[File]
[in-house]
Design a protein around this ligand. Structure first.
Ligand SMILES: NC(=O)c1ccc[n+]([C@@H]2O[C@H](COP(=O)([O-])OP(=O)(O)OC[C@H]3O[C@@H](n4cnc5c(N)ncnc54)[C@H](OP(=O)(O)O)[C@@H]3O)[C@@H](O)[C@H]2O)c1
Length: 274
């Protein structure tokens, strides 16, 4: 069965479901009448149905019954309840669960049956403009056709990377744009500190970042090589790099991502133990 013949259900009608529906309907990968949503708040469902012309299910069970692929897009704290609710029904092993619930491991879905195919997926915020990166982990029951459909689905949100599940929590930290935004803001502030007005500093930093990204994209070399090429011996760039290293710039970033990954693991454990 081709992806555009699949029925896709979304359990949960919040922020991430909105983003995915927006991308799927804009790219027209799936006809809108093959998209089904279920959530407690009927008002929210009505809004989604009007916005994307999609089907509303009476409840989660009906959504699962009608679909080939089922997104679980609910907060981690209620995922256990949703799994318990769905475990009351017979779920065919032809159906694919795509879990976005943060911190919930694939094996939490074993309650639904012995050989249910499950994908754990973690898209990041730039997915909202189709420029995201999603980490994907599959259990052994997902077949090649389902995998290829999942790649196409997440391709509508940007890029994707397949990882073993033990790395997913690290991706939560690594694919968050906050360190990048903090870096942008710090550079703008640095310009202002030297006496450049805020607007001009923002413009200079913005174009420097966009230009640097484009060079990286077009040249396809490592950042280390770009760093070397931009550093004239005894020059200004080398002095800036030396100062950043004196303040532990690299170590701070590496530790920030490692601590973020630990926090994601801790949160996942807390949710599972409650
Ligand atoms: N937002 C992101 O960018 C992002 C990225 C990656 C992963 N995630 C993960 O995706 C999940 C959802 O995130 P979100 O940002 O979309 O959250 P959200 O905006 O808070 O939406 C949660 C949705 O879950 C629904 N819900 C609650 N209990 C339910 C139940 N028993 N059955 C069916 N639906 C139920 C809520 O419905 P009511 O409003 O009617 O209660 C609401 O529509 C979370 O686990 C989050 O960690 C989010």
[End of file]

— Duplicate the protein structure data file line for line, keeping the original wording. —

[in-house]
Design a protein around this ligand. Structure first.
Ligand SMILES: NC(=O)c1ccc[n+]([C@@H]2O[C@H](COP(=O)([O-])OP(=O)(O)OC[C@H]3O[C@@H](n4cnc5c(N)ncnc54)[C@H](OP(=O)(O)O)[C@@H]3O)[C@@H](O)[C@H]2O)c1
Length: 274
């Protein structure tokens, strides 16, 4: 069965479901009448149905019954309840669960049956403009056709990377744009500190970042090589790099991502133990 013949259900009608529906309907990968949503708040469902012309299910069970692929897009704290609710029904092993619930491991879905195919997926915020990166982990029951459909689905949100599940929590930290935004803001502030007005500093930093990204994209070399090429011996760039290293710039970033990954693991454990 081709992806555009699949029925896709979304359990949960919040922020991430909105983003995915927006991308799927804009790219027209799936006809809108093959998209089904279920959530407690009927008002929210009505809004989604009007916005994307999609089907509303009476409840989660009906959504699962009608679909080939089922997104679980609910907060981690209620995922256990949703799994318990769905475990009351017979779920065919032809159906694919795509879990976005943060911190919930694939094996939490074993309650639904012995050989249910499950994908754990973690898209990041730039997915909202189709420029995201999603980490994907599959259990052994997902077949090649389902995998290829999942790649196409997440391709509508940007890029994707397949990882073993033990790395997913690290991706939560690594694919968050906050360190990048903090870096942008710090550079703008640095310009202002030297006496450049805020607007001009923002413009200079913005174009420097966009230009640097484009060079990286077009040249396809490592950042280390770009760093070397931009550093004239005894020059200004080398002095800036030396100062950043004196303040532990690299170590701070590496530790920030490692601590973020630990926090994601801790949160996942807390949710599972409650
Ligand atoms: N937002 C992101 O960018 C992002 C990225 C990656 C992963 N995630 C993960 O995706 C999940 C959802 O995130 P979100 O940002 O979309 O959250 P959200 O905006 O808070 O939406 C949660 C949705 O879950 C629904 N819900 C609650 N209990 C339910 C139940 N028993 N059955 C069916 N639906 C139920 C809520 O419905 P009511 O409003 O009617 O209660 C609401 O529509 C979370 O686990 C989050 O960690 C989010």